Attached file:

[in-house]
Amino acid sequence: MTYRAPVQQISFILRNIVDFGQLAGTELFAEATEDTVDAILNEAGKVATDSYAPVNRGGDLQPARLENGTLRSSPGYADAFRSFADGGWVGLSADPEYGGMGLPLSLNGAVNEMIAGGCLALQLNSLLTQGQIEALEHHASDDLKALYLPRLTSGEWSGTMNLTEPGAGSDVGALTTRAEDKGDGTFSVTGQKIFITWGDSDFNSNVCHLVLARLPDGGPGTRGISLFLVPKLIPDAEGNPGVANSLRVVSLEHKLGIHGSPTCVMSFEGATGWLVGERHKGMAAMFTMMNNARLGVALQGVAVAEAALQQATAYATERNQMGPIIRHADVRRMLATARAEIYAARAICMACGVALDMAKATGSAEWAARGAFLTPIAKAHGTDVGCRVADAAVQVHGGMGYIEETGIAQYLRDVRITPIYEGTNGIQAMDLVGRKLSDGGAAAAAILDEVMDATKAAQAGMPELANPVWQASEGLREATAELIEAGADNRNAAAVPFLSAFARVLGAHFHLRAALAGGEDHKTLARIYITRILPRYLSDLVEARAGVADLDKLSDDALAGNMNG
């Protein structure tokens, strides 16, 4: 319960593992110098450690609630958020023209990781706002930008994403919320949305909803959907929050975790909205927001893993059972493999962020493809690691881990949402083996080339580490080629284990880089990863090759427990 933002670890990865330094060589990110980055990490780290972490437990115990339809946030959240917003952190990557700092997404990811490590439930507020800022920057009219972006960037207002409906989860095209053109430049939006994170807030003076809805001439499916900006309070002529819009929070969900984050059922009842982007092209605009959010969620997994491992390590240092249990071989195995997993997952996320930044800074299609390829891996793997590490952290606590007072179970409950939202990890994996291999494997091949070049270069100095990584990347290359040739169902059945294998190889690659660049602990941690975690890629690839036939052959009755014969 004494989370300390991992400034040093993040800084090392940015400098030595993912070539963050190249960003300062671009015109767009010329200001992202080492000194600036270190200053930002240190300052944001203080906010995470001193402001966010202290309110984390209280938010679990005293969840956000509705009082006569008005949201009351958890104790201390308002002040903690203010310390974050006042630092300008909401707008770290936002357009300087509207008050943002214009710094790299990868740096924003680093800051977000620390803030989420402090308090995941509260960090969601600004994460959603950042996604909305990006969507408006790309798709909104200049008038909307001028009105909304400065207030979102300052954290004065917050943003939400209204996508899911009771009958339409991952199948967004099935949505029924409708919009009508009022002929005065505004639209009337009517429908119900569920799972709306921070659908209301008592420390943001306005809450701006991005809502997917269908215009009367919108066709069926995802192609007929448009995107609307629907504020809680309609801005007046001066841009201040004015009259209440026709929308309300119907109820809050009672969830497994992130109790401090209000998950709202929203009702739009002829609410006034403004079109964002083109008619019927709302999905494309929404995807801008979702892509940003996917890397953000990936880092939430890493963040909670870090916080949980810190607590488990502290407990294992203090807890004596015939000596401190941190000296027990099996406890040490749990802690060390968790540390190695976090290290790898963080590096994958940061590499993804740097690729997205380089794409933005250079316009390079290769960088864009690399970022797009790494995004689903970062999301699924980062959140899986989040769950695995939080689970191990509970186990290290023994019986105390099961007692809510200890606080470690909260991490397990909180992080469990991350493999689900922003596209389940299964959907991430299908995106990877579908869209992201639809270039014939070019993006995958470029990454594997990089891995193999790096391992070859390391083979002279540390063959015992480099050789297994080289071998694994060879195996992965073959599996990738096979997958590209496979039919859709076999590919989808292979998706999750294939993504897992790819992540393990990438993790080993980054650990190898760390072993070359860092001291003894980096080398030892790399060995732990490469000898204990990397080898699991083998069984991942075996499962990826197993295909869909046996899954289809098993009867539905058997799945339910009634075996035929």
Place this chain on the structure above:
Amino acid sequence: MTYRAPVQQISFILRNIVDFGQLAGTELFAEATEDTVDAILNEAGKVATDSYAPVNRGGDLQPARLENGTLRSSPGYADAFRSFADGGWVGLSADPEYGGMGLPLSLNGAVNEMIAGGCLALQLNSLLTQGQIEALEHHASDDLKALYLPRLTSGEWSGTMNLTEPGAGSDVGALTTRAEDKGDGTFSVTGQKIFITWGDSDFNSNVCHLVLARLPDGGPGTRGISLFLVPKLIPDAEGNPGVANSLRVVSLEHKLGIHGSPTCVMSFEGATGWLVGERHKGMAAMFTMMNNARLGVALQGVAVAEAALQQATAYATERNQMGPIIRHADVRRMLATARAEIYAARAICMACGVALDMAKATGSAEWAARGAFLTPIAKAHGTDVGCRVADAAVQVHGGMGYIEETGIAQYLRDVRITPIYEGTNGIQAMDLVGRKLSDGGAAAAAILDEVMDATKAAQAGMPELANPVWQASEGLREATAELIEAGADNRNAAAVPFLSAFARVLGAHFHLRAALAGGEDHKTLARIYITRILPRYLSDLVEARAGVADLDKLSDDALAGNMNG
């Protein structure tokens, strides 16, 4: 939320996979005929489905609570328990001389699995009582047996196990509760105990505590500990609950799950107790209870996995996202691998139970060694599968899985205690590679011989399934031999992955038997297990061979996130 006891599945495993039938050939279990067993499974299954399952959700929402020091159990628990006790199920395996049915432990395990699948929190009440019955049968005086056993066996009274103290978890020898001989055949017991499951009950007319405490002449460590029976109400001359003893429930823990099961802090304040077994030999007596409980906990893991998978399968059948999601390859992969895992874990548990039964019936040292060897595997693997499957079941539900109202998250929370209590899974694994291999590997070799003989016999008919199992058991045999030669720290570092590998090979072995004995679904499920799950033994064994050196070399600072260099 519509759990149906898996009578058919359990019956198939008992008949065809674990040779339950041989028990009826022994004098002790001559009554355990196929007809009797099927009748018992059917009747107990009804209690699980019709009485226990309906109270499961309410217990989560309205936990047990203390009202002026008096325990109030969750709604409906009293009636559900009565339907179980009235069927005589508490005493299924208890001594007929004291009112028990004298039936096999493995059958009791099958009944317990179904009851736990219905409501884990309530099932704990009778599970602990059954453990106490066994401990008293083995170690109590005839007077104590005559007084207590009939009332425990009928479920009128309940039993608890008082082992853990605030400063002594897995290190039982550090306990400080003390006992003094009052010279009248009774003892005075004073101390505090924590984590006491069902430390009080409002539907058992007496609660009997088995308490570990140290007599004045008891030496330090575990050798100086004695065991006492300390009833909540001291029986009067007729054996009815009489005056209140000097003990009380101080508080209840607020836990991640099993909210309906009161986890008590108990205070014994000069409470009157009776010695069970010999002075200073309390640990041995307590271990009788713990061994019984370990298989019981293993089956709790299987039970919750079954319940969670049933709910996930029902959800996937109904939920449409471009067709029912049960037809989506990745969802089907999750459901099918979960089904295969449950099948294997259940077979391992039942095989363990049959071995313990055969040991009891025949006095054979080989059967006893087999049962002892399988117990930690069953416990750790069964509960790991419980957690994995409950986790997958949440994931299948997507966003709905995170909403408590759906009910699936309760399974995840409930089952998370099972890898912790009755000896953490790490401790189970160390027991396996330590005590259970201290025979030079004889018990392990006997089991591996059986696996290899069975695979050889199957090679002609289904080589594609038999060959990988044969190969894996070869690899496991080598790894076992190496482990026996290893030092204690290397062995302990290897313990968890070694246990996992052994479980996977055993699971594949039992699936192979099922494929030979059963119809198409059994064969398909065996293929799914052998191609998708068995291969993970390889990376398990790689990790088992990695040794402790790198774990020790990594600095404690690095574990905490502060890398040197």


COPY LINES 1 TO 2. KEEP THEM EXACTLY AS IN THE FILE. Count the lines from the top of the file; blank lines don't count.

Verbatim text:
[in-house]
Amino acid sequence: MTYRAPVQQISFILRNIVDFGQLAGTELFAEATEDTVDAILNEAGKVATDSYAPVNRGGDLQPARLENGTLRSSPGYADAFRSFADGGWVGLSADPEYGGMGLPLSLNGAVNEMIAGGCLALQLNSLLTQGQIEALEHHASDDLKALYLPRLTSGEWSGTMNLTEPGAGSDVGALTTRAEDKGDGTFSVTGQKIFITWGDSDFNSNVCHLVLARLPDGGPGTRGISLFLVPKLIPDAEGNPGVANSLRVVSLEHKLGIHGSPTCVMSFEGATGWLVGERHKGMAAMFTMMNNARLGVALQGVAVAEAALQQATAYATERNQMGPIIRHADVRRMLATARAEIYAARAICMACGVALDMAKATGSAEWAARGAFLTPIAKAHGTDVGCRVADAAVQVHGGMGYIEETGIAQYLRDVRITPIYEGTNGIQAMDLVGRKLSDGGAAAAAILDEVMDATKAAQAGMPELANPVWQASEGLREATAELIEAGADNRNAAAVPFLSAFARVLGAHFHLRAALAGGEDHKTLARIYITRILPRYLSDLVEARAGVADLDKLSDDALAGNMNG